Kotlin Casting

Kotlin is a strongly typed language and as such, the compiler only allows developers to assign values to variables of the correct type. What that means in English is that only whole numbers can be assigned to type Int, Strings can only be assigned to variables of type String, and so on. Attempting to assign the number three to a String variable results in a compiler error.

The typing system is incredibly advantageous and helps reduce many bugs that are known to happen in weakly typed languages. Developer tools can also more easily examine variables in strongly typed languages and provide code suggestions or check for incompatibilities. For example, when passing a variable to a function, both the compiler and the IDE will issue errors if the variable is incompatible with the method signature.

Types in strongly typed languages can’t be converted readily. In order to convert one type of object into another type, we have to use a technique called casting. Casting tells the compiler that a conversion is OK to make and we are accepting the risk of converting from one data type into another type. Let’s begin with a few classes that give us an idea of what we are working with here.
Casting
Now let’s begin with some examples of casting between different types.

//This is an upcast. Any is the supertype of all Kotlin classes so it's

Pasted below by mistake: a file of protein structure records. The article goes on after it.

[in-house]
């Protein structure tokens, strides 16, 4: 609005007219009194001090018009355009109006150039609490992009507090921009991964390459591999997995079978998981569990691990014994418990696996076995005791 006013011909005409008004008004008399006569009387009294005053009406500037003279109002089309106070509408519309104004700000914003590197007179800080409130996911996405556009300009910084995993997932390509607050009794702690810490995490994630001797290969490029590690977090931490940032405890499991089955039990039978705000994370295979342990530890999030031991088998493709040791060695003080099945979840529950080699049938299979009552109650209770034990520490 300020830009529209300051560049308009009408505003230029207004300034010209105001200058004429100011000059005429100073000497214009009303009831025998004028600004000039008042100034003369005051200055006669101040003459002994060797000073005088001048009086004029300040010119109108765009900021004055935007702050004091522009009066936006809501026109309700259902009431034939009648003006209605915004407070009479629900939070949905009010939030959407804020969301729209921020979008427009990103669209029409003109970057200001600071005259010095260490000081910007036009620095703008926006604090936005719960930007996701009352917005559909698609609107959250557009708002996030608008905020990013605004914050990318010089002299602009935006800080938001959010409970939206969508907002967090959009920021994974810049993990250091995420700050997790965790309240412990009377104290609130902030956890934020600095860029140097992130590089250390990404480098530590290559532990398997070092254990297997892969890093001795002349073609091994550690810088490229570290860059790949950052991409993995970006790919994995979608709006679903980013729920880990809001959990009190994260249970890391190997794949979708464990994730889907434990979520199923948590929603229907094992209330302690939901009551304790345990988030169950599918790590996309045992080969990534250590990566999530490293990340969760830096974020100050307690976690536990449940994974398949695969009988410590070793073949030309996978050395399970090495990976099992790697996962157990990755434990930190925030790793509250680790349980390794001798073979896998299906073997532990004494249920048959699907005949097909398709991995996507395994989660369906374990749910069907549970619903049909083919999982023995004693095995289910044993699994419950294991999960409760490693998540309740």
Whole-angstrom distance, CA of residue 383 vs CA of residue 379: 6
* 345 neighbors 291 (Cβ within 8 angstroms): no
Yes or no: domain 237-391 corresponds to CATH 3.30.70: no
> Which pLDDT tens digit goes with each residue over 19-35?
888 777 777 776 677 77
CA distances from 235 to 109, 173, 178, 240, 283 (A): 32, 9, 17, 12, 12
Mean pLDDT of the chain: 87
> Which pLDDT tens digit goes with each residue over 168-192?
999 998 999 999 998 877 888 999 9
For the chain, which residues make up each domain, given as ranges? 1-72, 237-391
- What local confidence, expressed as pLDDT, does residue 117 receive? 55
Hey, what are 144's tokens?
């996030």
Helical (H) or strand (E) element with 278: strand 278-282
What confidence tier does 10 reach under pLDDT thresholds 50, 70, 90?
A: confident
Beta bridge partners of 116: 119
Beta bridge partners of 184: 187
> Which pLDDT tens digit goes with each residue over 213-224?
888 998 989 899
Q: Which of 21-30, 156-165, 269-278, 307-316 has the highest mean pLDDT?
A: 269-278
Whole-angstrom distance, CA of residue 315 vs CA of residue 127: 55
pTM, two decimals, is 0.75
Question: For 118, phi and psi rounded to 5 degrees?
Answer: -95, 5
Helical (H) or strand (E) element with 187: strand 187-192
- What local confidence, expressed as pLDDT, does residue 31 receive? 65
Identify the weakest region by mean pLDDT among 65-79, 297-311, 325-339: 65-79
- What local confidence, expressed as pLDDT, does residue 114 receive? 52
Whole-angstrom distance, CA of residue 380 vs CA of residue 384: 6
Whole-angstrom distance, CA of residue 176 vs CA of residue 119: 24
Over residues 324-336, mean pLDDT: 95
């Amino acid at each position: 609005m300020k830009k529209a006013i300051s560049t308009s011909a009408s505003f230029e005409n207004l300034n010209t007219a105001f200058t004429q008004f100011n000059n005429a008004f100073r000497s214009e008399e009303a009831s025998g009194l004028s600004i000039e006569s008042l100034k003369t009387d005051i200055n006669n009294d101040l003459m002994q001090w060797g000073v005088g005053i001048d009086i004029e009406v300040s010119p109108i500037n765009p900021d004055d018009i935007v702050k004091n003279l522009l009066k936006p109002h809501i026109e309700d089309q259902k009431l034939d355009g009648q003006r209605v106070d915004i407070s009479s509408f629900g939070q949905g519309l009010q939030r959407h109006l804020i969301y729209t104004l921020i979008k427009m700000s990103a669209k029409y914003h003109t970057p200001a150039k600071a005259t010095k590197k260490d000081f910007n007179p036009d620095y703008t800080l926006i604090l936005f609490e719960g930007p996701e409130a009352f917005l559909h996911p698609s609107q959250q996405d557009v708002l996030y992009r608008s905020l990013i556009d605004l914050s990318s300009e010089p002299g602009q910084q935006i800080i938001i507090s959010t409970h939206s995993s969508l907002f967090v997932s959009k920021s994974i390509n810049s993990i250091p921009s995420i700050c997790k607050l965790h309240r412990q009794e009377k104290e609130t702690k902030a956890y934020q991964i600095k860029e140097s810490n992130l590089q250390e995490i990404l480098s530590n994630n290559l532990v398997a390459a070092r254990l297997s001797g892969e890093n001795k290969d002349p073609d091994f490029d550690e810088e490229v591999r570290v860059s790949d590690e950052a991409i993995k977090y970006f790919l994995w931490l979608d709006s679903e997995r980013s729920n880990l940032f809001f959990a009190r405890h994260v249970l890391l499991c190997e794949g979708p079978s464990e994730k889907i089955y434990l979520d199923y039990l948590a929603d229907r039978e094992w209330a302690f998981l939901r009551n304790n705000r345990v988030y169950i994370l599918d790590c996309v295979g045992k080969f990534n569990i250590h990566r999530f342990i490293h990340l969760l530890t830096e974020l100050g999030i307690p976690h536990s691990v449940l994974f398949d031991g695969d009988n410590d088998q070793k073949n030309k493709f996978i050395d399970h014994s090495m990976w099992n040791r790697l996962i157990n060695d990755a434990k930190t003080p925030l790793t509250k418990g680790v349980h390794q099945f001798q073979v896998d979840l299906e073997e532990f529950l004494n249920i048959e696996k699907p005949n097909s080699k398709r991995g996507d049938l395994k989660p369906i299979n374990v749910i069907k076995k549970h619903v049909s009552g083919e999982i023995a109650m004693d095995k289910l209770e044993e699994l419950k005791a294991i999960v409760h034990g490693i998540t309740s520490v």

//acceptable to assign a Bob object to an Any reference
val bob : Any = Bob()

//Now let's downcast Bob to GrillCook. We use the is operator for this task.
if (bob is GrillCook){
    //We can now use the bob varaible as if it were GrillCook rather than Any
    //This is because the compiler now knows that bob is at least a GrillCook
    println("Bob is a GrillCook")
}

The above example shows upcasting and downcasting. When we created the bob variable, we declared its type to be Any. Any is the base class of all Kotlin objects, so it’s complete acceptable to treat a Bob object as if it’s an Any. Later on, we wish to cast Bob from any Any object into a GrillCook.

The compiler has no way to verify if Bob is a GrillCook. It only knows that Bob is any Any object at this point. To make change Bob from Any into GrillCook, we have to perform a downcast. That’s done in the if statement with if (bob is GrillCook. This statement checks the type of Bob at runtime and if Bob is a GrillCook, it will convert Bob from Any to GrillCook. The compiler will treat Bob like a GrillCook inside of the if block because it knows that if the is test succeeded, Bob must be a GrillCook.

We can also check if an object isn’t a certain kind of object. Let’s consider this code example.

val linda : Any = Linda()

if (linda !is GrillCook){
    //Linda will still be treated as Any because the compiler only
    //knows that she isn't the grill cook
    println("Linda is not the GrillCook)
}

When we add an exclamation point in front of is to make !is, we are saying to check if the object isn’t a certain kind of object. In this case, Linda does not extend GrillCook, so she’s not of type GrillCook. We proceed into the if block but Linda is still treated as type Any. The compiler only knows that she isn’t a GrillCook, but it still doesn’t know exactly what Linda is other than Any.

We can use the when expression for casting also. Let’s take a look at Gene.

val gene : Children = Gene()

when (gene) {
    //This line runs if gene is Gene
    is Gene -> println("Gene is Gene")